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Our national coniferous forests require immediate broad-based prescription burning as well as removal of dead and smaller trees, by fire and where required by hand, in order to leave an optimum density of the largest stems per acre, and we need trails and roads to move equipment and personnel in order to accomplish this, but the "environmental movement" continues to destroy our national heritage.
California fires.
Arizona fires.
BLM, Bureau of Land Management destroys Idaho crops.
For anyone who thinks that our forests are shrinking, from cutting in the U.S., the price of pulpwood is  currently a good indicator of current and future over-supply.  Prior to the government (taxpayer) financed "conservation reserve program" pine pulpwood brought as much as 30 dollars per ton.  Today, because of the high volume of tree planting that resulted from program payments (welfare), and resultant massive acreage that needs thinning simultaneously, pine pulpwood brings 4 dollars per ton, and is currently sold only on a quota system.  In other words the taxpayer and the forest owner both lost money as a result of inept government program implementation.  When these same tracts turn into saw-timber in 10 to 20 years, the same result might be expected in the saw-timber market.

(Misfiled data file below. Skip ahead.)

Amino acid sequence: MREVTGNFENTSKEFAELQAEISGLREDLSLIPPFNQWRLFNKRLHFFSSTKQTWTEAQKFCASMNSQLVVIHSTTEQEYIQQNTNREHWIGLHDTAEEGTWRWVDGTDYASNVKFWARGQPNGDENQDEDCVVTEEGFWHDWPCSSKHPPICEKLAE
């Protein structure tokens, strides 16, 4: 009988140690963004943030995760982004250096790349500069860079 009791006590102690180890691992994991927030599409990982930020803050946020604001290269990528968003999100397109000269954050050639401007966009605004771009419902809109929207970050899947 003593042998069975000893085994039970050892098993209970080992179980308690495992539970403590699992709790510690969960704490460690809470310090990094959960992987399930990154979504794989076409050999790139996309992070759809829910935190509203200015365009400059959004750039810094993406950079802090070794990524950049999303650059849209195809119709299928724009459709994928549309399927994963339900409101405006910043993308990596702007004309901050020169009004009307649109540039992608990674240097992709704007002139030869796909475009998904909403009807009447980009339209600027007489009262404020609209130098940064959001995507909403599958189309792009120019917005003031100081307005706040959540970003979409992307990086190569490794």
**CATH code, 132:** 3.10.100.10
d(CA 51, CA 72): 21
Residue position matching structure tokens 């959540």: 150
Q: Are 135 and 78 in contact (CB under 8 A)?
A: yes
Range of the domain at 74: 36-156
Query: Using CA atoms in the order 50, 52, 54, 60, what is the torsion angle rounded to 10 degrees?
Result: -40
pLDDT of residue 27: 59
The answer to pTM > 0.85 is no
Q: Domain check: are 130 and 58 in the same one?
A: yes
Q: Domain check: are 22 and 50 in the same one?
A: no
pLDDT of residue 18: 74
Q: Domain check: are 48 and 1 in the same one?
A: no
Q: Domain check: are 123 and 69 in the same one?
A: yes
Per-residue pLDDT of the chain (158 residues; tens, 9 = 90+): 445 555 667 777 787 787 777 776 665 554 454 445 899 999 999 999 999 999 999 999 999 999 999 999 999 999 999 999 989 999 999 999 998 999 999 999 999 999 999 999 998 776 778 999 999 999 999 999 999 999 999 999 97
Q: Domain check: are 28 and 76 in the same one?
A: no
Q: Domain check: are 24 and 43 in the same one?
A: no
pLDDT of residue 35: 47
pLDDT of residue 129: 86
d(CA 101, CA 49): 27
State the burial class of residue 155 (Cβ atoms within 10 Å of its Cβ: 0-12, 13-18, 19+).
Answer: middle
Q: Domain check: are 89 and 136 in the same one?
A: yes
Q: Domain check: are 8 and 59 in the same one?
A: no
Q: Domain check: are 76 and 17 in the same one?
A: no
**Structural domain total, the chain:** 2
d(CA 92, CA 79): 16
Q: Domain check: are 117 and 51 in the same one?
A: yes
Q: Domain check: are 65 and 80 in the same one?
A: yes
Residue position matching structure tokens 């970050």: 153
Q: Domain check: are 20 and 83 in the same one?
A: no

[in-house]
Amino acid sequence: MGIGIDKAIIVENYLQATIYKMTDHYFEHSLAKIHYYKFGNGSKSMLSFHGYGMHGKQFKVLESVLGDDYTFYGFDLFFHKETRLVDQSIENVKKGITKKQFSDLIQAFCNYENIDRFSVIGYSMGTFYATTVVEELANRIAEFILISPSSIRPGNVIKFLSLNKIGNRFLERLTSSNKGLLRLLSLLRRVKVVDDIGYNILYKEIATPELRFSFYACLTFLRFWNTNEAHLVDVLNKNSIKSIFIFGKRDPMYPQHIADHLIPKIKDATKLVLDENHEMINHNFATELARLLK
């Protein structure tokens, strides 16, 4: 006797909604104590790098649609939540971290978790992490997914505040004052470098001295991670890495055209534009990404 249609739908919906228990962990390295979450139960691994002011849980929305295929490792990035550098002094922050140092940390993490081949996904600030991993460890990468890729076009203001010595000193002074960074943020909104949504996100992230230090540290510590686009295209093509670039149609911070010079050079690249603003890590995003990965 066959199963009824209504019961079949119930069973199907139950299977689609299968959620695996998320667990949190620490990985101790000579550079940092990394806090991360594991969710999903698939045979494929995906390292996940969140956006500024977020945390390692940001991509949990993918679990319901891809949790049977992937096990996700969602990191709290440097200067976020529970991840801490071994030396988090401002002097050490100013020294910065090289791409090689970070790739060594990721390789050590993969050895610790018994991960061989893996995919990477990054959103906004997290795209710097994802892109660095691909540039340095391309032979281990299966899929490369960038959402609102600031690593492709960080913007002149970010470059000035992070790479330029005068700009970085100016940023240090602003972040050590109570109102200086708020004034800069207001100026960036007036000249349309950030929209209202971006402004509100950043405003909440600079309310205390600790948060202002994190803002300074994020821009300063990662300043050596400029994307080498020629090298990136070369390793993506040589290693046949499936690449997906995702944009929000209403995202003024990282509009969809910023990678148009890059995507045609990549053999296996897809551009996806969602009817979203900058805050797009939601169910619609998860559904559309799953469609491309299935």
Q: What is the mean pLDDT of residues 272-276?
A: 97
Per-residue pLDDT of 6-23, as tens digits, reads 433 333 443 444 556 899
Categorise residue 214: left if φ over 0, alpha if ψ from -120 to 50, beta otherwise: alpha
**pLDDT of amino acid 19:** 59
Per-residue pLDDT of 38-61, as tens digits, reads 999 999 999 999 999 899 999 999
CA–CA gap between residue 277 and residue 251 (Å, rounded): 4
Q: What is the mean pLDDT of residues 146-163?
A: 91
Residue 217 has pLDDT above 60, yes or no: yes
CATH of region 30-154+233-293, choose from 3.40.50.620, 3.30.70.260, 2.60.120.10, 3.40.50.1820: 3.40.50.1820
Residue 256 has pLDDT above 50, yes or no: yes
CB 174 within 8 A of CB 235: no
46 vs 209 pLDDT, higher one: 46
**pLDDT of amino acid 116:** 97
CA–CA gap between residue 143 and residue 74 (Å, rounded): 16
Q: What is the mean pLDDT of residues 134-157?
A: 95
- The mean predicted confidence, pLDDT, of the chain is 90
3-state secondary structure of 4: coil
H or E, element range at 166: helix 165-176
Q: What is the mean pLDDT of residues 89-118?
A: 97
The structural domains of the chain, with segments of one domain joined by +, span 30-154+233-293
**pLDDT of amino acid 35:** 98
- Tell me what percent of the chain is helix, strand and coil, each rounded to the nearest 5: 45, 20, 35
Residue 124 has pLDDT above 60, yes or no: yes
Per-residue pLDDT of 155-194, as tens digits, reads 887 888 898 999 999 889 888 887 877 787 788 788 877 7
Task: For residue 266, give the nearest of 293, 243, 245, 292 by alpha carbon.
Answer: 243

How much incentive is there today for a land owner to plant timber when he sees pulpwood prices at $4 per ton? What did this do to the value of his land?  What did it do to the bank's loan value?  This kind of misguided government policy/interference will ultimately result in shrinking private timber acreage.  It may also result in permanent, hog production style, booms and busts.  I learned in Nov. of 2003 that many farmers are loosing their farms because government payments in the CRP program cannot cover their expenses, because the pulpwood income they were counting on from the first thinning is virtually non-existent.